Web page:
Melbourne’s magical moment with Harry Potter And The Cursed Child
You don’t have to fly all the way to London or New York to catch Harry, Hermione and the gang onstage. CNA Lifestyle was in Melbourne to check out the opening of the highly-anticipated Harry Potter And The Cursed Child.
Not everyone can boast of being in the same room where Harry Potter was born, but theatre director John Tiffany certainly has bragging rights.
Twenty years ago, the former literary director at Edinburgh’s Traverse Theatre recalled how he would hang out at the theatre’s cafe bar and often see JK Rowling hard at work.
“I kept seeing this woman and we would wave to each other. She would sit there for about three hours and she had a pram. About 18 months later, I saw her face in the papers with this book called Harry Potter And The Philosopher’s Stone,” he said.
Tiffany would eventually become friends with Rowling and, fast forward to today, he’s here at the other side of the world to oversee the latest tale in the Potter saga come to life onstage in Melbourne.
HARRY POTTER AND THE MELBOURNE EXPERIENCE
After wowing crowds at London and New York City, Harry Potter And The Cursed Child is now expected to work its magic in the Land Down Under.
The two-part play – which has gone on to become the most awarded in theatre history, including nine Olivier and six Tony Awards – is undoubtedly the biggest art event in Melbourne this year.
The city’s streets are lined with streamers and every night, for the past couple of weeks, Gryffindor scarf-wearing millennials or kids in wizard robes converge at one end of Spring Street.
After a series of preview shows, the Australian production officially opened over the weekend at the Princess Theatre. Tickets for the next few months are proving hard to come by, but a new block of tickets is set to open on Feb 26 for shows that run until Feb 2020. Harry Potter isn’t leaving Melbourne any time soon.
And there’s a reason why the play is selling like hotcakes: The all-Australian/New Zealand production is only the third one since Harry Potter And The Cursed Child opened at the West End in 2016 and Broadway last year.
It’s also the first original company since London, which explains the hands-on presence of Tiffany, who collaborated with Rowling and playwright Jack Thorne, on bringing the story to life from day one.
In fact, he told members of the media that there are certain tweaks he’s done for the Melbourne show that’ll eventually find its way to the two other productions. “This has got to be the version that all of those will be based on,” he said.
It’s been a big coup for the Melbourne theatre scene, added producer Michael Cassel, who shared that prior to deciding on the city, Sydney had been considered as well.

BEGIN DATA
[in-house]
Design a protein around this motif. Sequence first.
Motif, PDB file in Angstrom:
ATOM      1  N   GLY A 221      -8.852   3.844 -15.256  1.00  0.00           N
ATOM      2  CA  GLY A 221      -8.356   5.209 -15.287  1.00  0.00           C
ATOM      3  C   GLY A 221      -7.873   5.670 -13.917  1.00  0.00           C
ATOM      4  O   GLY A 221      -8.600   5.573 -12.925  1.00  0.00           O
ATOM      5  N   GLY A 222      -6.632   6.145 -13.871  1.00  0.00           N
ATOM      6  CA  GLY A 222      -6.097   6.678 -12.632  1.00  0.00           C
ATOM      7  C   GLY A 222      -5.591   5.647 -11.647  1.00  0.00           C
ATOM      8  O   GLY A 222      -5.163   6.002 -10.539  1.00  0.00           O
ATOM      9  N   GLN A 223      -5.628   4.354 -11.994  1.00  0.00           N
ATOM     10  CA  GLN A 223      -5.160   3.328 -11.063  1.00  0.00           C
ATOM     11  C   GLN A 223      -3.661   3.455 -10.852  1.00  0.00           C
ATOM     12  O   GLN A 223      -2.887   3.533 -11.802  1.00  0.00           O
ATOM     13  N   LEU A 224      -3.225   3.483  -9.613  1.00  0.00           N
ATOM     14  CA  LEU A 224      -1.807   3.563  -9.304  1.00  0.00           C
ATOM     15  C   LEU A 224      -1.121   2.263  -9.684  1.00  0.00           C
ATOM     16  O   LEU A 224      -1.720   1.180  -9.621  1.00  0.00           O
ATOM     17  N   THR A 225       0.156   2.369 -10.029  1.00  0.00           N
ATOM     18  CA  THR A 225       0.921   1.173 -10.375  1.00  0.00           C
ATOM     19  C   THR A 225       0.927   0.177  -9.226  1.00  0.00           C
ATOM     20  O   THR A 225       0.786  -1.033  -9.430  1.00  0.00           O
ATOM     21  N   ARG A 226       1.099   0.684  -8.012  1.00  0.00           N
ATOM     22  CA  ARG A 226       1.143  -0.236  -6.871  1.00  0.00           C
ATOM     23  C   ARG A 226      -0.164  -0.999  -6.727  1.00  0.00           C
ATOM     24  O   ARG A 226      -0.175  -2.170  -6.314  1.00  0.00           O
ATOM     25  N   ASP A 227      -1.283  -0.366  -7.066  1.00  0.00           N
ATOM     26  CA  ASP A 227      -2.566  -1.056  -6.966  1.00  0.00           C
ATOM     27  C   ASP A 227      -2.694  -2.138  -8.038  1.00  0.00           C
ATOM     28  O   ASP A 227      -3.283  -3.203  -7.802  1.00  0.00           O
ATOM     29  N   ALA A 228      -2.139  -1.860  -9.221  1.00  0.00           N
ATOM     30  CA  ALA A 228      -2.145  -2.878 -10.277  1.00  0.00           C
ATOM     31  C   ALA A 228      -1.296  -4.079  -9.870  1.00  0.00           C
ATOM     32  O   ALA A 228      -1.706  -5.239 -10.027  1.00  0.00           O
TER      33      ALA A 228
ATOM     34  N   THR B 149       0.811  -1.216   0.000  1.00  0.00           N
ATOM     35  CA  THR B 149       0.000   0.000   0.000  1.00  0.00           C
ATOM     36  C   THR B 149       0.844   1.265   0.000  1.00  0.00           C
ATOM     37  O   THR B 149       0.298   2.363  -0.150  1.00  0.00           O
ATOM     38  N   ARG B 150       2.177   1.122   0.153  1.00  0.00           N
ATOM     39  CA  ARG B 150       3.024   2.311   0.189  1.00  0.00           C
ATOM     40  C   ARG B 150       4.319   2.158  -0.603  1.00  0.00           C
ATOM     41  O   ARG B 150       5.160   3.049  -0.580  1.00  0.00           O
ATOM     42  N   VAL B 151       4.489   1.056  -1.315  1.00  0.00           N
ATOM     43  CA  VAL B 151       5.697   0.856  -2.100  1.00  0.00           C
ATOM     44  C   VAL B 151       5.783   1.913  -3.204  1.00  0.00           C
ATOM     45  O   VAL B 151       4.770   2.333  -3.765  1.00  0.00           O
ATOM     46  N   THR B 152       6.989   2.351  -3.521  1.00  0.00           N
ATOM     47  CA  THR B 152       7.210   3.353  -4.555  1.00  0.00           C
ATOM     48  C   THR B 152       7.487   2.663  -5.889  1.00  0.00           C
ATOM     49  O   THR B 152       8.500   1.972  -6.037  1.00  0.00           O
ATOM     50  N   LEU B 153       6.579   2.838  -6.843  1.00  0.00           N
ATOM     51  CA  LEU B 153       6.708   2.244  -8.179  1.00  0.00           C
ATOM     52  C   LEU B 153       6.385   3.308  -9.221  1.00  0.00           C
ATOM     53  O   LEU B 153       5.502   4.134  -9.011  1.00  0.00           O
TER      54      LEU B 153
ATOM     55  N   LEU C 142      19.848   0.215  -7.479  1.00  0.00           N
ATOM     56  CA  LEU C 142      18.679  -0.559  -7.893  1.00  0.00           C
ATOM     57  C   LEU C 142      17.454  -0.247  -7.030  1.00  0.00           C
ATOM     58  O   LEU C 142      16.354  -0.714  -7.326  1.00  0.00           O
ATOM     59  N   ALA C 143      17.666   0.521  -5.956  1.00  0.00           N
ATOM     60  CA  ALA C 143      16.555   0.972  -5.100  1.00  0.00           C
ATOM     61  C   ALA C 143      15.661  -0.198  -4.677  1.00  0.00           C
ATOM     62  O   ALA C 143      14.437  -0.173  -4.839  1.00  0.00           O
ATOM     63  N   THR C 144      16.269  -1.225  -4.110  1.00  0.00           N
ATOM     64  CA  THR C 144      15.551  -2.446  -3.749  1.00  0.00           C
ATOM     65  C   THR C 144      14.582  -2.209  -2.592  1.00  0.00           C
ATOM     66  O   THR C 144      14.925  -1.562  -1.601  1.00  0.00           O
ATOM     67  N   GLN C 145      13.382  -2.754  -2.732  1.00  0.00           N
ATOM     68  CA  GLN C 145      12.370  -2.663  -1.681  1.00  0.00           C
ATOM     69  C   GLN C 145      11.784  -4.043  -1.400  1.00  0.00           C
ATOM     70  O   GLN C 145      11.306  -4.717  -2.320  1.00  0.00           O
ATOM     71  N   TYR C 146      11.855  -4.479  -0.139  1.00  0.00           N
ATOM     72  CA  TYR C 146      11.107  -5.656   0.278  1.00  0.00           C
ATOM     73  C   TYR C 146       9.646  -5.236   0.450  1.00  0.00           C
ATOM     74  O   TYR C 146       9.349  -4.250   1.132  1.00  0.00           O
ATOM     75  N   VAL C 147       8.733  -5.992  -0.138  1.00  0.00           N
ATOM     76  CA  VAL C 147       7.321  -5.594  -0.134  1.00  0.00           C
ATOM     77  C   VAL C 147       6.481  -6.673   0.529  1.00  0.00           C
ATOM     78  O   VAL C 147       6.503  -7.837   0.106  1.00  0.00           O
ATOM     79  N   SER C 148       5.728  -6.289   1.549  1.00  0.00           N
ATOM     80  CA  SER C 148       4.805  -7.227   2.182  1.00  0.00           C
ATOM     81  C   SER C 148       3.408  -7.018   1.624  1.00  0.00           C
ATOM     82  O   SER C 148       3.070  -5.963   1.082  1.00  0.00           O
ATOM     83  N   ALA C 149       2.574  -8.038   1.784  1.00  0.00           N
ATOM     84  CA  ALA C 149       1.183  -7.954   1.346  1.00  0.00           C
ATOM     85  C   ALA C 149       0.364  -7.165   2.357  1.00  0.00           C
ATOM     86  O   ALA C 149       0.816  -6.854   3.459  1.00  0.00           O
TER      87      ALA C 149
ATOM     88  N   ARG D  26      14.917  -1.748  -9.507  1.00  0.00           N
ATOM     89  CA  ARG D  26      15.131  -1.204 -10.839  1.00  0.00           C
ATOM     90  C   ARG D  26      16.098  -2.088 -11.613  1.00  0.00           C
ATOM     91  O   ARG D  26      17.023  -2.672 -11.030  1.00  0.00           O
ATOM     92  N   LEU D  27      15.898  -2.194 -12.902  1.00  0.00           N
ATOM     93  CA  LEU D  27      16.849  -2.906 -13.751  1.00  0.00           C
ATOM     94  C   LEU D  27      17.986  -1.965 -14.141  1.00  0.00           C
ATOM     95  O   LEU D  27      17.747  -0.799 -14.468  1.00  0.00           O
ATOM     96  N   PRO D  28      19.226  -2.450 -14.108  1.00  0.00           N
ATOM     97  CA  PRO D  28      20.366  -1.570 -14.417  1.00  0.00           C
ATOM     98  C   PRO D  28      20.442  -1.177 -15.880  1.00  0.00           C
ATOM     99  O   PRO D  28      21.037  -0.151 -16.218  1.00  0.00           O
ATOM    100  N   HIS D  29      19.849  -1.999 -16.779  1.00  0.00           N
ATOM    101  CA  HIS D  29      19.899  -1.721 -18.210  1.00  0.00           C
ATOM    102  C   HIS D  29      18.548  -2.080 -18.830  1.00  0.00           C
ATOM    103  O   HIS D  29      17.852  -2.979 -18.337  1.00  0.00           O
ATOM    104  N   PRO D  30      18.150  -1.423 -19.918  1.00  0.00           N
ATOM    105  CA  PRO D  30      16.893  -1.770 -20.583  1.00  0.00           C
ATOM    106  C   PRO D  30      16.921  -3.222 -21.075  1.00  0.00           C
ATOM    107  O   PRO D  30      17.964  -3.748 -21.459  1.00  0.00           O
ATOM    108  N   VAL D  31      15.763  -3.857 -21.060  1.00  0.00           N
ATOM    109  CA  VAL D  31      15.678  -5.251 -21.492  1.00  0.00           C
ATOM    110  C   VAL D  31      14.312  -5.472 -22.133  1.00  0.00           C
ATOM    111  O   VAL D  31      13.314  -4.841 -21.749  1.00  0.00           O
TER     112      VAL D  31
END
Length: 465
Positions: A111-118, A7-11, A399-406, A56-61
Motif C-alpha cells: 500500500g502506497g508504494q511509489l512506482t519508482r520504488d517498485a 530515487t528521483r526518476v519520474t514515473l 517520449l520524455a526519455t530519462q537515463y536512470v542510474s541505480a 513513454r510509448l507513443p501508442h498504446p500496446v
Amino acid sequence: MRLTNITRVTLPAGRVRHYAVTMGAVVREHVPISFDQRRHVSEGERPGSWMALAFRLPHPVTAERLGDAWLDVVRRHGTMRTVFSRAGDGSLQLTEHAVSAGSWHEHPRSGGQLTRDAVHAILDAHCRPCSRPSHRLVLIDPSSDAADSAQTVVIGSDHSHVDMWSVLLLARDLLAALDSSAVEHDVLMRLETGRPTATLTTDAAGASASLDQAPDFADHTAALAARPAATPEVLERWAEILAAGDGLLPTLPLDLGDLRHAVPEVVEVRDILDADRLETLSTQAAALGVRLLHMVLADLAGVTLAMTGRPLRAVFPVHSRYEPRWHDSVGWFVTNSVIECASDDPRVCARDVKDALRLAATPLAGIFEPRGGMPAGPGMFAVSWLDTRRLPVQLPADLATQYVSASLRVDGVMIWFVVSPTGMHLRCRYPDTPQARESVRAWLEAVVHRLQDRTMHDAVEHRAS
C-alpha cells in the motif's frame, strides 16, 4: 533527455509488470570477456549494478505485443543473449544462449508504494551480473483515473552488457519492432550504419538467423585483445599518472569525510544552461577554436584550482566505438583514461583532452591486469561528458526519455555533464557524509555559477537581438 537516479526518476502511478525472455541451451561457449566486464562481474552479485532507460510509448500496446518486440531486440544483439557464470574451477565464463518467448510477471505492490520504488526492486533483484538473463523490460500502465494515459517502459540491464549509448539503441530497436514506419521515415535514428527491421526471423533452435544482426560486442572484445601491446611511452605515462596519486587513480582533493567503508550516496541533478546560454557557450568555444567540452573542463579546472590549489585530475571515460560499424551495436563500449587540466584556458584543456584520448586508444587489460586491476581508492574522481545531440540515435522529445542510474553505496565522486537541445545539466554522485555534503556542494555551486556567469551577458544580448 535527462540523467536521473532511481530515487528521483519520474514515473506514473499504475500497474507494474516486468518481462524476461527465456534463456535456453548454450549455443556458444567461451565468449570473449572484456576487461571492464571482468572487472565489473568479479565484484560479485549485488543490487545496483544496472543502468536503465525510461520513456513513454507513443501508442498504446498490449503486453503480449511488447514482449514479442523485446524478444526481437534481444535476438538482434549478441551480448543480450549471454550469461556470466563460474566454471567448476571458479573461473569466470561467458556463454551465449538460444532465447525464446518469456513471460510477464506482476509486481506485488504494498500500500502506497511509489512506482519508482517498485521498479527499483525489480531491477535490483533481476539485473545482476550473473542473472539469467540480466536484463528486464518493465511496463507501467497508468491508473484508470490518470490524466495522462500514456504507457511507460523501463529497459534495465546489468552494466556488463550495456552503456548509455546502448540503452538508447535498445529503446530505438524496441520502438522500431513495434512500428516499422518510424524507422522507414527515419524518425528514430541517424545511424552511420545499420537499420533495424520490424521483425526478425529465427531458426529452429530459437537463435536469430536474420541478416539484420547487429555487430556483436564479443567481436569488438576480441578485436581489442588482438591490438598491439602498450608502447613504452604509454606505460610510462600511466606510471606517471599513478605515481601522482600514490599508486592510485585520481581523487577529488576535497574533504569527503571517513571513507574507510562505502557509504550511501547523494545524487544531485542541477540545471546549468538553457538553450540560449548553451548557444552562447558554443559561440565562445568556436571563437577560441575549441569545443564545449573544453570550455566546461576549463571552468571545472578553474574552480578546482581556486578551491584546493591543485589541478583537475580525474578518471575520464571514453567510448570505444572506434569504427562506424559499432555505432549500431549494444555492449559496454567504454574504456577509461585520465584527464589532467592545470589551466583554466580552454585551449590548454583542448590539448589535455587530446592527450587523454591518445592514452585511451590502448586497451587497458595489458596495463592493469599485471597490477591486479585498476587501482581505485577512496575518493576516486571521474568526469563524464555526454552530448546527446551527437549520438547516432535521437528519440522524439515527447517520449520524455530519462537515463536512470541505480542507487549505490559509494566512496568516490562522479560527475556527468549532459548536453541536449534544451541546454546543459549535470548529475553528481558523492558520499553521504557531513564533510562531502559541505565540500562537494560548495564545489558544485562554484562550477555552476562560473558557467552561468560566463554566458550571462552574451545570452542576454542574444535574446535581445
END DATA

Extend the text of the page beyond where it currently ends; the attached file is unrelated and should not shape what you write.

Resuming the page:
“We’ve been able to enjoy the dedication and involvement of the original creative team that nurtured the show from the very beginning, sold the show up on its feet in the West End, went and mounted it up on Broadway last year and now with us on Melbourne,” he said.
For the uninitiated muggle, the two-part show (which audiences can either watch over two days or as a back-to-back, five-hour-plus marathon) picks up exactly from where the books and movies left off.
It follows the story of Harry Potter’s rebellious son Albus Severus, who enters Hogwarts and meets unlikely buddy-for-life, the endearingly awkward Scorpius Malfoy (aka his father’s nemesis Draco’s own son).
What happens next? Wikipedia and the Internet aside, the show’s producers have been very particular about not giving any spoilers away (#KeepTheSecrets is one of the show’s main hashtags).
Suffice to say, the creators have pulled out the stops to conjure a spectacle-filled show filled with visual trickery straight out of the circus, sleight-of-hand wizardry and, well, heartfelt good-bad parenting moments.
Expect lots of time travelling, characters old and new, some nifty wand action and an underwater scene that would make Aquaman’s CGI magic seem meh.
Tiffany describes the stage aesthetics as “rough magic, which is based on the philosophy of poor theatre – which is ‘let’s make a train out of suitcases’.”
“One of my absolute priorities was I did not want theatre to make Harry Potter boring, so it had to go as epic a journey, as epic a scope – it couldn’t be, like, Beckett writes Harry Potter. There he is in a kitchen going, 'Oh, I never had a mum and dad…'. We had to bring back evil,” said Tiffany, who pointed out that 70 per cent of the show’s audiences have been first-time theatre-goers.
STEPPING INTO HARRY POTTER’S SHOES
For the cast, it’s been a privilege stepping into the shoes of some of the most recognisable literary and movie characters in the world.
“I read the books when I was in my early 20s and loved them. I remember dressing up as Harry for a fancy dress party once. Harry is great at parties,” quipped Gyton Grantley, who plays adult Ron Weasley.